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Thermal: Entropy of Ideal Gas (Sackur-Tetrode equation)

  1. May 19, 2014 #1
    okay so I suck at La-Tex so i'm not going to put the actual equation, but it's not important for my question.

    In the equation the entropy is dependent on the natural log with mass in the numerator of the argument. Why is mass involved when talking about entropy at all?

    I mean I think of entropy as being related to multiplicity of states or whatever, which is independent of mass? is rest mass energy being involved here?
  2. jcsd
  3. May 19, 2014 #2


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    The mass (which yes means the rest mass) is one of the parameters in the thermal wavelength of the gas that appears in the Sackur-Tetrode equation ##\lambda = (\frac{\beta \hbar^2}{2\pi m})^{1/2}## and it defines the characteristic length scale of the thermal system. In other words it sets the scale for which the gas can actually be considered classical i.e. for which the Sackur-Tetrode equation is actually valid. So in this sense it is almost self-evident that the mass should show up in the expression for the entropy.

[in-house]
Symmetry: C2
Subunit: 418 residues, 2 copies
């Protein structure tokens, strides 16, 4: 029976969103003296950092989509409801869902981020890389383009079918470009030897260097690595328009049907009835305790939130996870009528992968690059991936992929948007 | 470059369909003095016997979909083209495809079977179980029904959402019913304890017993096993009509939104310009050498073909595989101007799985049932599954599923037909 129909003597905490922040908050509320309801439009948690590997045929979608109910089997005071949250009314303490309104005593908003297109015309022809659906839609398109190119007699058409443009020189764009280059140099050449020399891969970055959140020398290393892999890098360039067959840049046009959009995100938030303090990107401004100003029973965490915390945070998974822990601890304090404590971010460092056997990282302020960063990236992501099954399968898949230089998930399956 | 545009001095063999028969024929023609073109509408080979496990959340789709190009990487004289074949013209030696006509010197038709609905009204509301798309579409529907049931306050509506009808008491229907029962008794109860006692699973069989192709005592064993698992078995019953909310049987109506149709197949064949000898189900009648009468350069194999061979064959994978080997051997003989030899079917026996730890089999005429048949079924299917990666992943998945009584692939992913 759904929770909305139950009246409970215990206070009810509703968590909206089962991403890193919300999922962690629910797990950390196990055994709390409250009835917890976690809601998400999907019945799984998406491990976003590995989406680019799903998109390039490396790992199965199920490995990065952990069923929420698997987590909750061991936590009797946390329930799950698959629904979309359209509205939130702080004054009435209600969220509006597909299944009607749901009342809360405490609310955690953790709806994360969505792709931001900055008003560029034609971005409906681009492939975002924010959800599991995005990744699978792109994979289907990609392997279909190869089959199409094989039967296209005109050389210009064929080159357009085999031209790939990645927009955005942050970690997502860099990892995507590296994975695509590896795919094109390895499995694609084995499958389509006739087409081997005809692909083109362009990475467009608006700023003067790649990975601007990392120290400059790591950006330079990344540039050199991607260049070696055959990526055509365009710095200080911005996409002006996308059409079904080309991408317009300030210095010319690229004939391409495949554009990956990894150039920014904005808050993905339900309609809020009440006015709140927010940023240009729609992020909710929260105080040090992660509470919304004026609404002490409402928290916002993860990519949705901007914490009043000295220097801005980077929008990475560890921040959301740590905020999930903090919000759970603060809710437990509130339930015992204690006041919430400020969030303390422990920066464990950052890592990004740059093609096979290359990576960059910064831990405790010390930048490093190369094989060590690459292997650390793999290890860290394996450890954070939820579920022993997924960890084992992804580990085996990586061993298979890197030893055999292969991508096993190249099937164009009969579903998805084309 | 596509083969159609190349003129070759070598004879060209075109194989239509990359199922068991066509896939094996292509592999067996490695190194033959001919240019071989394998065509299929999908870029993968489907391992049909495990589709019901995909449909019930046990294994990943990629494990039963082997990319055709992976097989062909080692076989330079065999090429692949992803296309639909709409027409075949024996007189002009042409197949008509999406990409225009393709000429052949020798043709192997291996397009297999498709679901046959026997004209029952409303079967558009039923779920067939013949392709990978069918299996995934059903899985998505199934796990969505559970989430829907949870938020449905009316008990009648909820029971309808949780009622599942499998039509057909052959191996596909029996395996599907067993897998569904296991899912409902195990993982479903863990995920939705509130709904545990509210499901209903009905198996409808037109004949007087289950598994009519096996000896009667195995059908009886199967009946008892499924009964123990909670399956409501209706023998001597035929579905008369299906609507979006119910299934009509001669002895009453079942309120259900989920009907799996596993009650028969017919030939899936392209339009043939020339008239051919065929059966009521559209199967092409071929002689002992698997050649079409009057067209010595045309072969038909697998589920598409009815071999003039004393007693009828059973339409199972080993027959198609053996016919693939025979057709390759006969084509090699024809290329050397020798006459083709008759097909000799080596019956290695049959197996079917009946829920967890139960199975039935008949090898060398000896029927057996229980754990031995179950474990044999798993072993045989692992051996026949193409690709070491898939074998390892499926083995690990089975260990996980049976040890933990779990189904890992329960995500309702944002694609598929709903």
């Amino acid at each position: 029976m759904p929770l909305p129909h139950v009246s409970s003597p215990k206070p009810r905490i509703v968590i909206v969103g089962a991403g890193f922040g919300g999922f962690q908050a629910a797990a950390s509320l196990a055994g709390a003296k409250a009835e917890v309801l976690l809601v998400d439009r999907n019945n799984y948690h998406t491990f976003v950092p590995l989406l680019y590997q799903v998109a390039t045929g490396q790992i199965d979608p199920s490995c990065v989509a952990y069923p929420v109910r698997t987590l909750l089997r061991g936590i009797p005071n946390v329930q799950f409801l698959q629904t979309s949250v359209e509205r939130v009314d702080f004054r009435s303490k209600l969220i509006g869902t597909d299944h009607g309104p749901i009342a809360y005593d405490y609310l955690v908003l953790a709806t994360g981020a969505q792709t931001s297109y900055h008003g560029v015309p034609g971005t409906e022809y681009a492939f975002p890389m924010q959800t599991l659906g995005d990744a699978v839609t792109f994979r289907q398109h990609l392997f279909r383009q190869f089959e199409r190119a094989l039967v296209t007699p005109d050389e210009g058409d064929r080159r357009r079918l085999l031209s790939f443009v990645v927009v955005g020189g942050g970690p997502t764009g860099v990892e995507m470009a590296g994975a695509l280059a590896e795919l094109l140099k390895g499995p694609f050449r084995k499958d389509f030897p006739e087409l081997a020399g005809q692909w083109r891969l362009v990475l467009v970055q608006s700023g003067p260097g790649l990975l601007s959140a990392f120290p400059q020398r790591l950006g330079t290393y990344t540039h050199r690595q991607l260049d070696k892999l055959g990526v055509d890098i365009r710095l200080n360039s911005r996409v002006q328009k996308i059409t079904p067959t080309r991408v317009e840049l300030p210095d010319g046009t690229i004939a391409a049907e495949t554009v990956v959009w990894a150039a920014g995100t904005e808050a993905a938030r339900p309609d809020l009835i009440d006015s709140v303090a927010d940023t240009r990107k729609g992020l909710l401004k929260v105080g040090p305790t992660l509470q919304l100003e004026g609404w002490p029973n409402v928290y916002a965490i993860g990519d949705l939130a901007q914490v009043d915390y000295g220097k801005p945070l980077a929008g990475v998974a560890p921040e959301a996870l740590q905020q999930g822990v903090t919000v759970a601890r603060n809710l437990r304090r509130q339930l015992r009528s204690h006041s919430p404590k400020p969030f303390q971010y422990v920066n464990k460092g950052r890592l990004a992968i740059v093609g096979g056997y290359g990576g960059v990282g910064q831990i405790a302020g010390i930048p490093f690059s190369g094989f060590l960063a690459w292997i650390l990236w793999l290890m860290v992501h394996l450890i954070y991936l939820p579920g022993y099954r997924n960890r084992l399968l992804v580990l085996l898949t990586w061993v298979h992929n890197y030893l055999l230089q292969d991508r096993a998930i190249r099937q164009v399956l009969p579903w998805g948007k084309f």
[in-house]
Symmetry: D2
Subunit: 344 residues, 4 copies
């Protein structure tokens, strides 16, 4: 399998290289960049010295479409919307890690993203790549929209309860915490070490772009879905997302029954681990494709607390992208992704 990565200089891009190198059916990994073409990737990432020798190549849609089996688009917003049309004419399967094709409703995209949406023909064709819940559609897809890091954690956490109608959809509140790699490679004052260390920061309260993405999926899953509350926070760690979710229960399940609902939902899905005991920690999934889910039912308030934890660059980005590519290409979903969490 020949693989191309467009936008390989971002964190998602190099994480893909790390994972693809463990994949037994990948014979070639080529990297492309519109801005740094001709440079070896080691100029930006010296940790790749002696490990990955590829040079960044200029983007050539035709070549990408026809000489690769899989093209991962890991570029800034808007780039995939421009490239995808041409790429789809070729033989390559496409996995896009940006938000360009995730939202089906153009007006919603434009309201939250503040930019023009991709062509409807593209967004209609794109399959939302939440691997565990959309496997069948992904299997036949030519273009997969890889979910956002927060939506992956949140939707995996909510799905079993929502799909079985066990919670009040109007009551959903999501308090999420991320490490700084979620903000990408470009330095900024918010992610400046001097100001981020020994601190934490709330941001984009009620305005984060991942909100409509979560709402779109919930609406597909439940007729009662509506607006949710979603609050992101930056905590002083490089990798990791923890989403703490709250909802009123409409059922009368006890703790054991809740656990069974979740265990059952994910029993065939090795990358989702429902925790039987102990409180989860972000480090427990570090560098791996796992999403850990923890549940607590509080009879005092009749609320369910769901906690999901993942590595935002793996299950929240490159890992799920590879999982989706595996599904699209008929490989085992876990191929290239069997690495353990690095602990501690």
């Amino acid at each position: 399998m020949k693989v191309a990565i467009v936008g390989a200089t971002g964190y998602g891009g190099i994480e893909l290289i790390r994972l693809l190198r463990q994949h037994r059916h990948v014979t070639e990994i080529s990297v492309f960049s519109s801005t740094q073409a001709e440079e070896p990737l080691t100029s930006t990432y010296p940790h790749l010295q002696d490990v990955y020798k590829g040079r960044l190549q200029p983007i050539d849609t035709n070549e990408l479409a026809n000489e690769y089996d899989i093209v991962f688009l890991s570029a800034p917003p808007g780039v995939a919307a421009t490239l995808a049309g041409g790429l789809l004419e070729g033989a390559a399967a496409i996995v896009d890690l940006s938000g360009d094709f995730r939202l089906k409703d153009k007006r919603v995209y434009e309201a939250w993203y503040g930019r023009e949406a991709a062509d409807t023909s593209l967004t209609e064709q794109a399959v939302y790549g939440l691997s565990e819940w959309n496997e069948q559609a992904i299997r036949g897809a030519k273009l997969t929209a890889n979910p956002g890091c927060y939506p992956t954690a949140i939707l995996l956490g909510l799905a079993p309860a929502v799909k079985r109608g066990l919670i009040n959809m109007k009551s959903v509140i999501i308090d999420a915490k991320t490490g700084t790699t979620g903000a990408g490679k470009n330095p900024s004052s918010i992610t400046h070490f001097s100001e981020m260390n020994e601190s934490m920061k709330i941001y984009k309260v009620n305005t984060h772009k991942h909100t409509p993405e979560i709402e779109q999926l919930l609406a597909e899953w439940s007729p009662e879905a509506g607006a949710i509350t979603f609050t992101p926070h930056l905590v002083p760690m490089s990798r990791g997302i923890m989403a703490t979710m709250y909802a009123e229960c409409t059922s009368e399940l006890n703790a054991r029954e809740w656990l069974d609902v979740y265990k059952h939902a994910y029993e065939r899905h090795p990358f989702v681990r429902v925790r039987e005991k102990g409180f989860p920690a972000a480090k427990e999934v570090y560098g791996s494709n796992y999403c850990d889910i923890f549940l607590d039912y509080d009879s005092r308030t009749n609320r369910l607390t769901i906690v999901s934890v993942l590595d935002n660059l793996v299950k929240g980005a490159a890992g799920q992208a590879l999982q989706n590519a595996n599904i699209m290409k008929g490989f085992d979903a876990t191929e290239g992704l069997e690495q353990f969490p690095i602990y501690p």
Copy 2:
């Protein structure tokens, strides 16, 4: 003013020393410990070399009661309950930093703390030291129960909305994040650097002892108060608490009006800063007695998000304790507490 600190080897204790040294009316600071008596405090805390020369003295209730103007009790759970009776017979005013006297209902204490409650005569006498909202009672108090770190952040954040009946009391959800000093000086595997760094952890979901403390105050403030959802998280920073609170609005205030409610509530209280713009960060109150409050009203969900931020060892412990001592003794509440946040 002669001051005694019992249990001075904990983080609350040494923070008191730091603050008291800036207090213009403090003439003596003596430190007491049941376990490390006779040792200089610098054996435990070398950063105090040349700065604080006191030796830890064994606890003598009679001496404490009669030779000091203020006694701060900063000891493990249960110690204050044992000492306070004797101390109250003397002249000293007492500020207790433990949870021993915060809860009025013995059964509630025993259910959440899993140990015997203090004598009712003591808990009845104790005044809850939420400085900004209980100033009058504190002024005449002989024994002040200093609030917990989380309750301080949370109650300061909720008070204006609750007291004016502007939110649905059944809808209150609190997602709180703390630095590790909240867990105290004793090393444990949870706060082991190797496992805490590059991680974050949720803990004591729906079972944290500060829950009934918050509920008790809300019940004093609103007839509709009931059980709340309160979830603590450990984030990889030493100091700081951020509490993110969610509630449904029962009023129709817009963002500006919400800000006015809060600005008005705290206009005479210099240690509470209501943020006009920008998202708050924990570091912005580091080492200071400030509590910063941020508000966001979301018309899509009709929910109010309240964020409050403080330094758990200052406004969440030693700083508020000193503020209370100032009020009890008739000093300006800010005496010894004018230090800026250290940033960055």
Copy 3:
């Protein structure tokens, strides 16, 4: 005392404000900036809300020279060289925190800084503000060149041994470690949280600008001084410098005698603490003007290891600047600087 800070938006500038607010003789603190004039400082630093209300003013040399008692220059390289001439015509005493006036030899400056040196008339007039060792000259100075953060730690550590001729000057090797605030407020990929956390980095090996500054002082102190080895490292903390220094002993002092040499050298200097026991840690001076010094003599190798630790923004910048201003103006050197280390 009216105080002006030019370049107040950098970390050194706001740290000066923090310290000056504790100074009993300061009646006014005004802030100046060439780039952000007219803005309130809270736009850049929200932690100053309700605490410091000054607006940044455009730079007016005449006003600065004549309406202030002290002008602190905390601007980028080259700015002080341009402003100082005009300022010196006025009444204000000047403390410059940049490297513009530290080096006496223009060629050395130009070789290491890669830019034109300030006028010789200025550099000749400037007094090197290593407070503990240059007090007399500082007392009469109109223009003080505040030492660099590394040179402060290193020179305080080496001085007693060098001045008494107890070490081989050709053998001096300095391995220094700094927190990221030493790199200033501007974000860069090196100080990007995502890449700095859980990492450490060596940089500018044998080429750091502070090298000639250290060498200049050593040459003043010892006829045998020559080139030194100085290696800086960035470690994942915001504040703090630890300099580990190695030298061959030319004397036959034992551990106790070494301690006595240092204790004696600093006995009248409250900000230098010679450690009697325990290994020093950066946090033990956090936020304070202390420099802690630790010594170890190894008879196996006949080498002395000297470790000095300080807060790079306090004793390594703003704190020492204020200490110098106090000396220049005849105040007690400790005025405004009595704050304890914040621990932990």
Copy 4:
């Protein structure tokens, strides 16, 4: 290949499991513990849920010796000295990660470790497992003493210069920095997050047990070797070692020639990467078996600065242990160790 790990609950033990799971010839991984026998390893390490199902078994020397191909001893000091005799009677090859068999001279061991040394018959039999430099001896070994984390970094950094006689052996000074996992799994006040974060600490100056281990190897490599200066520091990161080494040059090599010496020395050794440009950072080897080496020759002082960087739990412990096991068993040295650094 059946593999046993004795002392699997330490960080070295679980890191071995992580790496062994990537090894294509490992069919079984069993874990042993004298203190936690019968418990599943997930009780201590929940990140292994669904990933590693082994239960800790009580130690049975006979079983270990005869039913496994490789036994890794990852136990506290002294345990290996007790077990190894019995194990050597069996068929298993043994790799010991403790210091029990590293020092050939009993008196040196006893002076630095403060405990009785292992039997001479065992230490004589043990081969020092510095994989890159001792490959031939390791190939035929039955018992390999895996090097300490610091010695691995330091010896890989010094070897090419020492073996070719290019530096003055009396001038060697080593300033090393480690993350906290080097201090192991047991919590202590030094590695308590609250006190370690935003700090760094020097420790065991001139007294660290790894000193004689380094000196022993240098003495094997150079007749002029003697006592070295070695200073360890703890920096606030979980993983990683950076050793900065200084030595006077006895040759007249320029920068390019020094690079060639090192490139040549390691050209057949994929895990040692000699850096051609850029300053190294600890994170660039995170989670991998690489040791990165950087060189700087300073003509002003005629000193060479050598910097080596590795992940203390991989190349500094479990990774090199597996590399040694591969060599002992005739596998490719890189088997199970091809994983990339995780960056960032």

Now as far as multiplicity goes, there is no reason to expect mass not to be a factor in the multiplicity. Recall the multiplicity is the number of accessible microstates of a system in between two infinitesimally separated average energy levels of the system and as such the multplicity will involve some characteristic spacing between average energy levels in the determination of this volume; this characteristic spacing will of course depend on various scales of the system. For a two-level system of spins with magnetic moment ##\mu## in an external uniform magnetic field ##B## we have ##\Omega \propto \frac{\delta E}{2\mu B}## where the proportionality is the number of microstates for a given average energy. This characteristic spacing clearly depends on properties of the system such as the applied magnetic field and the intrinsic magnetic moment of the spins. For an ideal gas it is the thermal wavelength that we are interested in and in particular for a classical ideal gas we must have the intermolecular spacings much larger than the thermal wavelength so this will definitely show up in the entropy.
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